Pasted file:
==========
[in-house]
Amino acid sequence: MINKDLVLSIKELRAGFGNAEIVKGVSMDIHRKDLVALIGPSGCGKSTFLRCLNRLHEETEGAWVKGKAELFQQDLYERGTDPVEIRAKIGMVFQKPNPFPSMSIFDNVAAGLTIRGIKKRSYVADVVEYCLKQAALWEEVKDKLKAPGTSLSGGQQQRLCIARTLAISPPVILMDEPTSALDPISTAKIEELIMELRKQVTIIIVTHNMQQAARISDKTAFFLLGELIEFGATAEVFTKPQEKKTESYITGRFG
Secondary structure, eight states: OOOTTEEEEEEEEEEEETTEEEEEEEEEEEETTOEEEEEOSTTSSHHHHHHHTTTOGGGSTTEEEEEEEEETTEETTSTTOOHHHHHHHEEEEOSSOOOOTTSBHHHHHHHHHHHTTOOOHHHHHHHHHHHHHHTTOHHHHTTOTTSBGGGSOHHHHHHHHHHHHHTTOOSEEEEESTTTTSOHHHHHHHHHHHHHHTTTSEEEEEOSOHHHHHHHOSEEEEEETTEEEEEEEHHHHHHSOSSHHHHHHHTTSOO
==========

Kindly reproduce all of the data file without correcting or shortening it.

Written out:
[in-house]
Amino acid sequence: MINKDLVLSIKELRAGFGNAEIVKGVSMDIHRKDLVALIGPSGCGKSTFLRCLNRLHEETEGAWVKGKAELFQQDLYERGTDPVEIRAKIGMVFQKPNPFPSMSIFDNVAAGLTIRGIKKRSYVADVVEYCLKQAALWEEVKDKLKAPGTSLSGGQQQRLCIARTLAISPPVILMDEPTSALDPISTAKIEELIMELRKQVTIIIVTHNMQQAARISDKTAFFLLGELIEFGATAEVFTKPQEKKTESYITGRFG
Secondary structure, eight states: OOOTTEEEEEEEEEEEETTEEEEEEEEEEEETTOEEEEEOSTTSSHHHHHHHTTTOGGGSTTEEEEEEEEETTEETTSTTOOHHHHHHHEEEEOSSOOOOTTSBHHHHHHHHHHHTTOOOHHHHHHHHHHHHHHTTOHHHHTTOTTSBGGGSOHHHHHHHHHHHHHTTOOSEEEEESTTTTSOHHHHHHHHHHHHHHTTTSEEEEEOSOHHHHHHHOSEEEEEETTEEEEEEEHHHHHHSOSSHHHHHHHTTSOO